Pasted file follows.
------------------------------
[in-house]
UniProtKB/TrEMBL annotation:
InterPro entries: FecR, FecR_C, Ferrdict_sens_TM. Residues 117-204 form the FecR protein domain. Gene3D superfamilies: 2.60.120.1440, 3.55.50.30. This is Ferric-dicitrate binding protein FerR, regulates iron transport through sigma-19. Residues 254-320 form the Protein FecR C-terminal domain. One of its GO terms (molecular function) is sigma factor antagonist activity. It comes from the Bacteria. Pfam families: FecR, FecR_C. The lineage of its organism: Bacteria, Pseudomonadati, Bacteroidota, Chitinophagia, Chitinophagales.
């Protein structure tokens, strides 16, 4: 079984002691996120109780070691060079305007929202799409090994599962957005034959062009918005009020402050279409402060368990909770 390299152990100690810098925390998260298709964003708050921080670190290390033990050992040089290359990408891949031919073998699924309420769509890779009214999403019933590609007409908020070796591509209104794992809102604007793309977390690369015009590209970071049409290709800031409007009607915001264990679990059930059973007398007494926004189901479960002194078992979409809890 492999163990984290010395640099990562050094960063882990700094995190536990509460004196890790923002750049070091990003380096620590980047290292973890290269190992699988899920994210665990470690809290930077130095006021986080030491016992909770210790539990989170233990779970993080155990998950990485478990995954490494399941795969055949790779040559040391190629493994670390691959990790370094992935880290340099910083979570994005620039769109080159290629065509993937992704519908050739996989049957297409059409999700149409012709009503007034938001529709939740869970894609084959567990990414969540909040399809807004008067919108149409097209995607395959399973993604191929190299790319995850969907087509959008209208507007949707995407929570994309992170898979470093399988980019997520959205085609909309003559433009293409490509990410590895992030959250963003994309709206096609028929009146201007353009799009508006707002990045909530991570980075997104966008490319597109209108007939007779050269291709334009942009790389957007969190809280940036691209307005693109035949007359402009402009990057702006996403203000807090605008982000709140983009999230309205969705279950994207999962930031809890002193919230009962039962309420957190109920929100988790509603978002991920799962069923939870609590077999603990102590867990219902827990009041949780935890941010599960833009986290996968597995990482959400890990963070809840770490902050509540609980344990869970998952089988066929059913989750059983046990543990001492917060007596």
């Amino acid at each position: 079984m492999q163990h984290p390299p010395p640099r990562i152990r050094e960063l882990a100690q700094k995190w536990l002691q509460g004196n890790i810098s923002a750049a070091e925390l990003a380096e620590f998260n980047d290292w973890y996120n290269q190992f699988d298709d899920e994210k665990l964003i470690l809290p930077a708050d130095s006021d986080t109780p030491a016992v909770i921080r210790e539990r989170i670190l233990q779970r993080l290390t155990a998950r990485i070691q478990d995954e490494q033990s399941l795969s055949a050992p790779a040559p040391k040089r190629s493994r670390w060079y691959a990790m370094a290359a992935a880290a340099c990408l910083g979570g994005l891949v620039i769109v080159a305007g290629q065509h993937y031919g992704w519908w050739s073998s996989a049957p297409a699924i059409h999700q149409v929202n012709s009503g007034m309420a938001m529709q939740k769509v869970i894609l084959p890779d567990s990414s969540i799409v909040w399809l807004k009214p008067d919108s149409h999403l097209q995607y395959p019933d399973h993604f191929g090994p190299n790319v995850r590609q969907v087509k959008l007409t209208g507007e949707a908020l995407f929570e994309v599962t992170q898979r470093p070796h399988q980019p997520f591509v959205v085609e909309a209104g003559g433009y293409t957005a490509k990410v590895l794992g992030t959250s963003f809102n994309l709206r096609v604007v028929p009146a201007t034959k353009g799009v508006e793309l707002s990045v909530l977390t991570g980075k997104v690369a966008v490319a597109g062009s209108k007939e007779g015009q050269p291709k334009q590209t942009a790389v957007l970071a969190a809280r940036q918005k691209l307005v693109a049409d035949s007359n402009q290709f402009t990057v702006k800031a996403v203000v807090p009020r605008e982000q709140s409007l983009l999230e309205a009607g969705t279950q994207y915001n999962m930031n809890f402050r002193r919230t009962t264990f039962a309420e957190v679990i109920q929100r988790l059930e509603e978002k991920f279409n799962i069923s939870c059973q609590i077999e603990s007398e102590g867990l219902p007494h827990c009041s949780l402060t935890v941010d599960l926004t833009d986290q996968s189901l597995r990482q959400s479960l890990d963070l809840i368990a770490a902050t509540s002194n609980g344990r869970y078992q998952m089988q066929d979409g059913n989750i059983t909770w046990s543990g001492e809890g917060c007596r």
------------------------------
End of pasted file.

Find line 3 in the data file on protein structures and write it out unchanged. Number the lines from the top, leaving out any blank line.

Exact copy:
InterPro entries: FecR, FecR_C, Ferrdict_sens_TM. Residues 117-204 form the FecR protein domain. Gene3D superfamilies: 2.60.120.1440, 3.55.50.30. This is Ferric-dicitrate binding protein FerR, regulates iron transport through sigma-19. Residues 254-320 form the Protein FecR C-terminal domain. One of its GO terms (molecular function) is sigma factor antagonist activity. It comes from the Bacteria. Pfam families: FecR, FecR_C. The lineage of its organism: Bacteria, Pseudomonadati, Bacteroidota, Chitinophagia, Chitinophagales.